• Bloom Content Team

Supporting BLM - avoiding performative activism

On 25th May, 2020, another African American man lost his life to institutionalised racism at the hands of white police officers. Once again the veil of systemic racism has been lifted to reveal the everyday injustices for Black people across the world. This has forced the matter of racism into conversations and led to mass protests even with the risk to life presented by Covid-19.

Police brutality and white supremacy is tragically nothing new. However, the combination of this inhumane act happening in the 21st Century - with powerful mini-computers in our pockets - when many parts of the world are quarantined (spending, on average, 80% more time online) - was a recipe for fierce activism led by the masses.

Bloom is a B2B service provider, operating specifically in the field of branding and marketing for startups. But there are people who make up this company, as they do with any business. Therefore, this blog post has been written with the lens of our profession; looking at how this unignorable subject is being reflected in brand marketing strategies; some examples of great behaviour; and advice for what not to do - now or ever.

As compassionate human beings seeking to be a part of this positive change, we've decided to share some practical resources towards the end of this article, so read on:

As brands evaluate their response to this racial injustice, it is crucial to pause. The spectrum of how to react is broad, as is the likelihood of getting it wrong and doing more harm than good.

Speaking as a marketing agency, putting together the wrong content would usually entail a costly mistake. The issue here, however, isn't one of getting it wrong, having a financial impact, or even one related to damaging brand equity - it's an issue of righteousness. By acting incorrectly, a brand can inadvertently distract from this crucial movement that needs every morsel of our care and support.

Never has the term 'less is more' been of greater importance in marketing. As we are barraged with brands competing for a small window of attention, it's essential we realise that window rightfully belongs to the BLM movement.

There is a distinct difference between showing support and actually helping. It's clear that in this case, showing support isn't enough. If a company statement is one that simply highlights that what has happened is wrong, it is (to put it bluntly) stating the obvious. At the same time, saying nothing at all also can send the wrong message. More than ever, we are seeing that no position is in itself a position.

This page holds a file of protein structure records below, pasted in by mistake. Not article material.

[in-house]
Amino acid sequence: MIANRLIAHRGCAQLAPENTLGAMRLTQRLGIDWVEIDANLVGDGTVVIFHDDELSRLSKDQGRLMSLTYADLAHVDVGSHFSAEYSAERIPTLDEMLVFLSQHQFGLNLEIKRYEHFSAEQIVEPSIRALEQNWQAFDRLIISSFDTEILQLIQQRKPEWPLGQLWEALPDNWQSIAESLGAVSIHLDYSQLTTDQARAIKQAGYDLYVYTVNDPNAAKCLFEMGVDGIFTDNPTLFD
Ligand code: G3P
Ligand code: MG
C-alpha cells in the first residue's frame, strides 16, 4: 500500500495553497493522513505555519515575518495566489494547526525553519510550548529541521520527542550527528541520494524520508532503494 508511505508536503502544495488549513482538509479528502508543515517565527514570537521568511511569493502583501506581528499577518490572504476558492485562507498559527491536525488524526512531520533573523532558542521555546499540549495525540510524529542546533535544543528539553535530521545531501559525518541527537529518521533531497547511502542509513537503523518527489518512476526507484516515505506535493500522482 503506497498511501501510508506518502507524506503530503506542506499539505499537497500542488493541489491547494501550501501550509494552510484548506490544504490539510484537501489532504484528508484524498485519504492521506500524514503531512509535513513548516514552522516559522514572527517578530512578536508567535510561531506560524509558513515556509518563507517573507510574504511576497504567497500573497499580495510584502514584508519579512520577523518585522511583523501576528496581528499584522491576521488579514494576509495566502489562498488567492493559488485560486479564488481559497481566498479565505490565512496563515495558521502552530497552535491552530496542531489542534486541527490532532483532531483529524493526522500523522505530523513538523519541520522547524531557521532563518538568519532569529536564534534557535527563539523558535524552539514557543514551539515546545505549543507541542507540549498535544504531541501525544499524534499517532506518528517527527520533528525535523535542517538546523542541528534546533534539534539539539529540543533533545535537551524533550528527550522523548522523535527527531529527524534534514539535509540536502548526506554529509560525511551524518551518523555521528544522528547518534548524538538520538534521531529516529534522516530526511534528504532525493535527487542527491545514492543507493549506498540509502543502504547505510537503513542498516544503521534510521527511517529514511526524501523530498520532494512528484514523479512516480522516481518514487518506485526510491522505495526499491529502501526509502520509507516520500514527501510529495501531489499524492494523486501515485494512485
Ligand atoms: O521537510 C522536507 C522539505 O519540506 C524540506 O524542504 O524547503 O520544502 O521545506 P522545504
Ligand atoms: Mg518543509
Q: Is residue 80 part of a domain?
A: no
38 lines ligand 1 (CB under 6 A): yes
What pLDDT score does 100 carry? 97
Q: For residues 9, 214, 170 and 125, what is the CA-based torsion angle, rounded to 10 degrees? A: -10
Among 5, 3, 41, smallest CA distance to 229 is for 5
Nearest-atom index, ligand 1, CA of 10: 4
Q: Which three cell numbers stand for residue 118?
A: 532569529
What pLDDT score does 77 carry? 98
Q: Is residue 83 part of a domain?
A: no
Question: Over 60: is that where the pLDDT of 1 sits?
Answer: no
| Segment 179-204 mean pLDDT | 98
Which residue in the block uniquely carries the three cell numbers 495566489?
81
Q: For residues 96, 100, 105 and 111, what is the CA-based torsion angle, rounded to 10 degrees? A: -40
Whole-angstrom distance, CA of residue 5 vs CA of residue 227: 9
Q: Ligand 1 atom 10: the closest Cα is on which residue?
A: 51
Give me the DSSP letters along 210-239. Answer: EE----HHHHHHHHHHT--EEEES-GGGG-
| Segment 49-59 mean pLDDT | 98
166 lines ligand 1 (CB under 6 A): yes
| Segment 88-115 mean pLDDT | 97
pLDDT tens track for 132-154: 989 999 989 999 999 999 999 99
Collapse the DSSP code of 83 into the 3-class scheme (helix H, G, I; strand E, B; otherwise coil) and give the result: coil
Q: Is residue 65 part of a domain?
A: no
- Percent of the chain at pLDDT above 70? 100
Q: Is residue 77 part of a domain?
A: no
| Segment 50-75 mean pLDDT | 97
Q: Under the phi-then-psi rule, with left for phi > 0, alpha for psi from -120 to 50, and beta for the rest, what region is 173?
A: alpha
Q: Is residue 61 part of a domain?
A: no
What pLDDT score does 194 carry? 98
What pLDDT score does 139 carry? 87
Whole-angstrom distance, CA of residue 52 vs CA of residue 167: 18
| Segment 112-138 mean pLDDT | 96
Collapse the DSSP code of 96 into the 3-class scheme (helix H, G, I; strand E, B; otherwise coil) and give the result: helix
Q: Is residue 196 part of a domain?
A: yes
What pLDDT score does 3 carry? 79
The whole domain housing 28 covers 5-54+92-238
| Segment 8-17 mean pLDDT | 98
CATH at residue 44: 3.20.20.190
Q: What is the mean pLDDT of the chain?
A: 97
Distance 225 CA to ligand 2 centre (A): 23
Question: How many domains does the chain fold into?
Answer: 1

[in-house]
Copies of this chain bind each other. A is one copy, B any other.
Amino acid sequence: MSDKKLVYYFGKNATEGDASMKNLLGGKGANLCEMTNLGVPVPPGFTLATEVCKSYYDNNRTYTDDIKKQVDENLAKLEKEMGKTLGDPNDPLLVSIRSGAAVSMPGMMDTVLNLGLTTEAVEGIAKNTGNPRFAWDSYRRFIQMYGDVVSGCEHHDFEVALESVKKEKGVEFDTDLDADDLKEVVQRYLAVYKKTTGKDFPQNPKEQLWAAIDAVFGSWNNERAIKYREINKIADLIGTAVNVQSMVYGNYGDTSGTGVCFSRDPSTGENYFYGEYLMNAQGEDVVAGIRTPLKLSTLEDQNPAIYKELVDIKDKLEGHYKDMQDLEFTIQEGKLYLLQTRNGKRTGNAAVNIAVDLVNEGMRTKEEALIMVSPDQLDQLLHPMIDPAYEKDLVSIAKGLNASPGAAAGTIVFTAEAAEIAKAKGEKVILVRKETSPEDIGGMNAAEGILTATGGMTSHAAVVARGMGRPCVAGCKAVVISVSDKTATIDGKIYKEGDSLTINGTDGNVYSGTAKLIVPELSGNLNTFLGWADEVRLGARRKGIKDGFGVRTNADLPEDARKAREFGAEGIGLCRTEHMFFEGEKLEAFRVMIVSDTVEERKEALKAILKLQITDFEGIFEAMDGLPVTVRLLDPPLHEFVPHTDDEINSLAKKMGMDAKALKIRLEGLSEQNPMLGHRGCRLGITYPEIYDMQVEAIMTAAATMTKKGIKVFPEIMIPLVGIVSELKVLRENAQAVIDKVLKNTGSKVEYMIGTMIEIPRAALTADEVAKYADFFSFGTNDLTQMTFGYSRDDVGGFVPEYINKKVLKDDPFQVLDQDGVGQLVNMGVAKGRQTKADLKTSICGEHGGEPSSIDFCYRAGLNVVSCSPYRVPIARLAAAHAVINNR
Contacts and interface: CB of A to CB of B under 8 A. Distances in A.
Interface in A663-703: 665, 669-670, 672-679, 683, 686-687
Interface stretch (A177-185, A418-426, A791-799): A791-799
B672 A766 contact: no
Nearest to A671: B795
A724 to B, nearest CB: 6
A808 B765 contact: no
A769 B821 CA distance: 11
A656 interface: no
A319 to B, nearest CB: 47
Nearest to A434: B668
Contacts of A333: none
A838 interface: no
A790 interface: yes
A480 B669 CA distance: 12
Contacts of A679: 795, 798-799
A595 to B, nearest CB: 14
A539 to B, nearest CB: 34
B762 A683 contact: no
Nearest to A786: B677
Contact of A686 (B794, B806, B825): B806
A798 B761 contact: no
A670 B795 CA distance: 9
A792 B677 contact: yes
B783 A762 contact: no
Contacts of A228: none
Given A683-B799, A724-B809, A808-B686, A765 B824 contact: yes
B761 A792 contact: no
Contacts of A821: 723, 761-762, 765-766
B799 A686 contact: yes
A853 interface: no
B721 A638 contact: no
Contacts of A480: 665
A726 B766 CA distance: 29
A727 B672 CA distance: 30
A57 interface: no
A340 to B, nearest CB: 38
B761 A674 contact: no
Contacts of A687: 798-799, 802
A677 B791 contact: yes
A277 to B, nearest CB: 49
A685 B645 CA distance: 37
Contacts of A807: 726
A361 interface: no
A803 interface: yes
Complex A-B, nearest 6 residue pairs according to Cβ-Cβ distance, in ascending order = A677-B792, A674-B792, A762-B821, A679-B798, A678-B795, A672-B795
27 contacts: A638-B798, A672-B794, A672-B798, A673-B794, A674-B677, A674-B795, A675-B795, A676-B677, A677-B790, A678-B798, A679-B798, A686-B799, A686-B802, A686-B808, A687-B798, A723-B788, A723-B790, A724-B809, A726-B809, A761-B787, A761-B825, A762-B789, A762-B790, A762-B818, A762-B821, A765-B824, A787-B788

So with all that in mind, how can you address what is happening without falling into self-promotion? How can we really do something supportive, as opposed to performative activism?

Read on for our expert marketing advice when it comes to positive involvement in the BLM movement:


Acknowledge reality

While George Floyd's death has produced exceptional waves, it is not a novel incident. With this in mind, understand that while the injustice you are highlighting may dominate this week's feed, it often consumes every corner of life for POC.

Say something < Do something

Actions not only speak louder than words, but also often remove the need for them. Whether it's donating to relevant causes or using your reach as a springboard for underrepresented voices, do something that helps. Here are some worthy causes:

Sign a petition:

Donate to:

Keep it short

As Sony put it when halting the reveal of their latest gaming device, "We want to stand back and allow more important voices to be heard." While digital real estate may seem limitless, your content is occupying feeds. Acknowledge the distraction you may be contributing towards, and take a step back.

Do not:

Express shock

You do not need a history degree to acknowledge that racism is something deeply rooted in society. To look at the recent events and label them shocking will often (and rightly) lead to criticism as well as showing yourself up.

Do nothing

While it may seem like a difficult topic to tackle, it's important that it is at the very least, acknowledged.

How Bloom is practising what we’re preaching:

Our founder & director, Stephanie Melodia, has been hosting daily live interviews on Instagram at 12pm BST since lockdown in the UK. This series, the #LockdownDiaries, has now been used as a way to hand over the mic to POC, and amplify their voices. Guests so far have included Laura Bartlett, Founder & CEO of House of Coco Magazine; Mandy Nyarko, of Exeter Velocities; Nancy Evbuomwan, Business Strategist, and; Jaz Broughton, Just Jaz Life Coach.

There is enough information readily available to us (be it on the internet, in a book, on a podcast...) for us and we have a responsibility to educate ourselves on the pain, struggle, and injustice black people have faced. Please see below for some recommendations we are adding to our lists:



Social accounts

We have signed the petitions to charge the Minneapolis police officers in question with murder, as well as a petition to Introduce Mandatory Ethnicity Pay Gap Reporting in the UK.

As scout to Ada Ventures, this is one partnership opening our doors to supporting minority founders, and we are actively exploring other strategic collaborations to increase the D&I of both our client base as well as our team members.

Stay safe,

Bloom Team

Black Lives Matter.

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